Fairtrade ‘catching on’ in Honiton
Free samples enjoyed during talk to mark Fairtrade Fortnight.
The origins of Fairtrade were explained to senior citizens in Honiton last week - as they tucked into Fairtrade chocolate and biscuits supplied free of charge by The Co-operative.
Part of Fairtrade Fortnight, the Senior Council for Honiton hosted a special coffee morning in the Methodist Church to promote a movement that was first established 40 years ago.
Green Party town councillor Sharon Pavey was the guest speaker and explained how Cathod, Oxfam, Christian Aid and the National Federation of Women’s Institutes were among the primary movers and shakers that got Fairtrade off the ground.
“It is about better prices, good working conditions, local sustainability and fairness to workers in the developing world,” she said. “There are movements towards Fairtrade in this country, for farmers and producers, but, if you look at things generally, we are seen as a rich country.
“The concept has been around for over 40 years, but formal labelling was not introduced until the 1990s.”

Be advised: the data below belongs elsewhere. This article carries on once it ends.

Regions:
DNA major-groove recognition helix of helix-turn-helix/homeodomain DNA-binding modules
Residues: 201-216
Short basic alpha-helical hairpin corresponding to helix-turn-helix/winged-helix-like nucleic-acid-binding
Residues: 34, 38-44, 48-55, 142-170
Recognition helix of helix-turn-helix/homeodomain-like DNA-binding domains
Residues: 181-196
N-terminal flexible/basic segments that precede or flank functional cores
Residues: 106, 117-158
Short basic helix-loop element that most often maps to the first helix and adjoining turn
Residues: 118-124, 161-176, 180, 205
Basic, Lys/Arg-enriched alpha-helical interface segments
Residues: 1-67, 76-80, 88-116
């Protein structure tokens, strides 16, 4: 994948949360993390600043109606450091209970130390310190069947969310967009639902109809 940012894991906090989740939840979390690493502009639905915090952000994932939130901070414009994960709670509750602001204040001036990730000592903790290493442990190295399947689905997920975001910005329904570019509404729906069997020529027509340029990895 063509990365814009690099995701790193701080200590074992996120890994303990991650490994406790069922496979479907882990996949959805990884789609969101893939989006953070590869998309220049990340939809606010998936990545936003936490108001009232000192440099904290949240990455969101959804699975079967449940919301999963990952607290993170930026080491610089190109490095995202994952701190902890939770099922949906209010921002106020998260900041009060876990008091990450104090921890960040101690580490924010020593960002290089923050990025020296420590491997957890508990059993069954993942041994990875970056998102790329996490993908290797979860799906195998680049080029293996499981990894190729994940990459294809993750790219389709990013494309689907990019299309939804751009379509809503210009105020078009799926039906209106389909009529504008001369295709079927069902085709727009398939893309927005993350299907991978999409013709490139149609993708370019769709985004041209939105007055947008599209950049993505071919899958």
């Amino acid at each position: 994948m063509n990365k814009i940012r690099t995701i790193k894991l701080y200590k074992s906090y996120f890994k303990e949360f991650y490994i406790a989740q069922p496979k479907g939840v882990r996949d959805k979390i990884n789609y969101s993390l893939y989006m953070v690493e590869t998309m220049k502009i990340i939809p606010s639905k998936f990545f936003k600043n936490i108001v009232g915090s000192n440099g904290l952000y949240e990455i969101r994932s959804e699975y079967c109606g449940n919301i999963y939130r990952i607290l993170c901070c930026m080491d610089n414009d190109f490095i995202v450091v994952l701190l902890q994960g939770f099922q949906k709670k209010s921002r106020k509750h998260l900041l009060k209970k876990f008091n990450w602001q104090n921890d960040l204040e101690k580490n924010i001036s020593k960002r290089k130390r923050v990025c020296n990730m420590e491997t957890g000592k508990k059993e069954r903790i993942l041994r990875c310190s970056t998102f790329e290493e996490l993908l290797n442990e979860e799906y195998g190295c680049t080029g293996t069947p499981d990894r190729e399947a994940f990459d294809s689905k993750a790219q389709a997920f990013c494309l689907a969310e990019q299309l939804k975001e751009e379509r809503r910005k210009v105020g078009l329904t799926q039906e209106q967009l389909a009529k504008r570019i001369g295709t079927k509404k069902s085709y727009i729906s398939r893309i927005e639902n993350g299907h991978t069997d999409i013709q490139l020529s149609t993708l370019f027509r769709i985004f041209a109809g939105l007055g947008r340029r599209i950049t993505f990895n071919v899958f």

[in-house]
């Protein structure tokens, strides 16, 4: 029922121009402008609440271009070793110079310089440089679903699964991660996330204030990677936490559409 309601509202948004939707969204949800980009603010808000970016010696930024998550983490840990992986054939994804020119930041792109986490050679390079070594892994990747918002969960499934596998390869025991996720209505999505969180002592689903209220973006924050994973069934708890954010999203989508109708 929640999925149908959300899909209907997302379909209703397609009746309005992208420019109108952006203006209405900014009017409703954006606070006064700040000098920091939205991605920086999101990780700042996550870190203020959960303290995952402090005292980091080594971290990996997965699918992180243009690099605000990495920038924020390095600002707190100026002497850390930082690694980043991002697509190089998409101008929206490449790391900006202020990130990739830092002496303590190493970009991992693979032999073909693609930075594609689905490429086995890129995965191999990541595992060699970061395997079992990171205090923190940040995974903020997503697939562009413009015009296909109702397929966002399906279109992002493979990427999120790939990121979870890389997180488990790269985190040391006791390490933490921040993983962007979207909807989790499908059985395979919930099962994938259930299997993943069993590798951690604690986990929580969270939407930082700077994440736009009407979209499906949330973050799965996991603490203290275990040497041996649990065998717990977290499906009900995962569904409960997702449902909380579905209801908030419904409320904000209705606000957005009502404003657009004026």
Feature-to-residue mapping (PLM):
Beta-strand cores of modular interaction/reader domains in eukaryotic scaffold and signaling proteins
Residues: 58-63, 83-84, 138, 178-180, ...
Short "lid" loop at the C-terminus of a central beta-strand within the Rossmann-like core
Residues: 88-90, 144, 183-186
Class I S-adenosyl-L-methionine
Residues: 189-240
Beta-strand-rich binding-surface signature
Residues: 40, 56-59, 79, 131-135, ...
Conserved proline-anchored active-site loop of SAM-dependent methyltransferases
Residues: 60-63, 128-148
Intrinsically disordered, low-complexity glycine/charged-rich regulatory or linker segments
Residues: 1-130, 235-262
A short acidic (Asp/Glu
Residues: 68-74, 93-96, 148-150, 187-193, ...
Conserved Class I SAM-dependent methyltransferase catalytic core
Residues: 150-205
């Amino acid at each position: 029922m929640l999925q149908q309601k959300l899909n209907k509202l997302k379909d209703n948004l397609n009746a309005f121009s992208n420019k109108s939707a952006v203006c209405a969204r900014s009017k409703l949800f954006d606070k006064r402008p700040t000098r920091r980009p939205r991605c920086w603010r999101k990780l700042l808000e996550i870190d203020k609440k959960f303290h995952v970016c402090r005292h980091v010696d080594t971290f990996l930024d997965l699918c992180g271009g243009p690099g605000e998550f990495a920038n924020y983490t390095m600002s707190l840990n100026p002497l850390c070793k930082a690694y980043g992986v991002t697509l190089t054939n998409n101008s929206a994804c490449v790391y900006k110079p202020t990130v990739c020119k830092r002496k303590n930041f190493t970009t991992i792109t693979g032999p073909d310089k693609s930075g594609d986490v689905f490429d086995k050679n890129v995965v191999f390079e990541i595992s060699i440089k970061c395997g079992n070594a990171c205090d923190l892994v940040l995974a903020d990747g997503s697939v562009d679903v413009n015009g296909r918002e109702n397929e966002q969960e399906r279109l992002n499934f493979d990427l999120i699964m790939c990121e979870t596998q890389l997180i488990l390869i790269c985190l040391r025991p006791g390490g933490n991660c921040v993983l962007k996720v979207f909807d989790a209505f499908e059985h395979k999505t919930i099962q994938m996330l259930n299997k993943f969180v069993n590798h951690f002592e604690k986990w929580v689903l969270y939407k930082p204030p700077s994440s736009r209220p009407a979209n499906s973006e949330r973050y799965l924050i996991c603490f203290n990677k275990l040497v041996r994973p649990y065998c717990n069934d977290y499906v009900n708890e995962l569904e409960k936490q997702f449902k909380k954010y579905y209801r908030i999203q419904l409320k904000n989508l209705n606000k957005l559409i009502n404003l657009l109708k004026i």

Councillor Pavey said over 3,000 products are now licensed as Fairtrade - including over 20 per cent of coffee and bananas sold in the UK.
- 1 East Devon shop reaches out to support local cancer charity
- 2 Record crowd watches Axminster Town take on Exeter City
- 3 'Small farmers' livelihoods face collapse, post-Brexit'
- 4 Devon eateries named among UK's top 50 gastropubs: See them all
- 5 Plans for keeping Dalwood 'a special place' to be put to the vote
- 6 Local Tesco donates to Arc Axminster
- 7 Warm golfing welcome to Honiton's new ladies captain
- 8 Tell us a Story
- 9 DCC survey shows the condition of Devon's roads has improved
- 10 Sexual offences rose more than 15% in Devon and Cornwall, crime figures reveal
Fairtrade is now worth �493million to the economy.
Cotton, beauty products, ornamental plants and sports balls are among the non-edible products to win Fairtrade status.
“The products are available in all major supermarkets and many cafes and restaurants,” said Councillor Pavey. “Part of what you pay is a percentage, a social premium, that is reinvested into projects in the area where a product is produced.”
While Fairtrade has really caught on, Councillor Pavey acknowledged that being an ethical shopper doesn’t always come cheap.
She said: “For me, personally, I think it’s about doing what you can.
“For treats, like hot chocolate or chocolate bars, you can pay a little bit extra.”
Tony Simpson, the retired secretary of the senior council, said: “Fairtrade is spreading in this country. It is really catching on.”
Honiton Town Council is keen to see Honiton develop into a Fairtrade town.
Councillor Pavey doesn’t think it has fully achieved that yet, but said: “I think it will move forward, but these things take time.”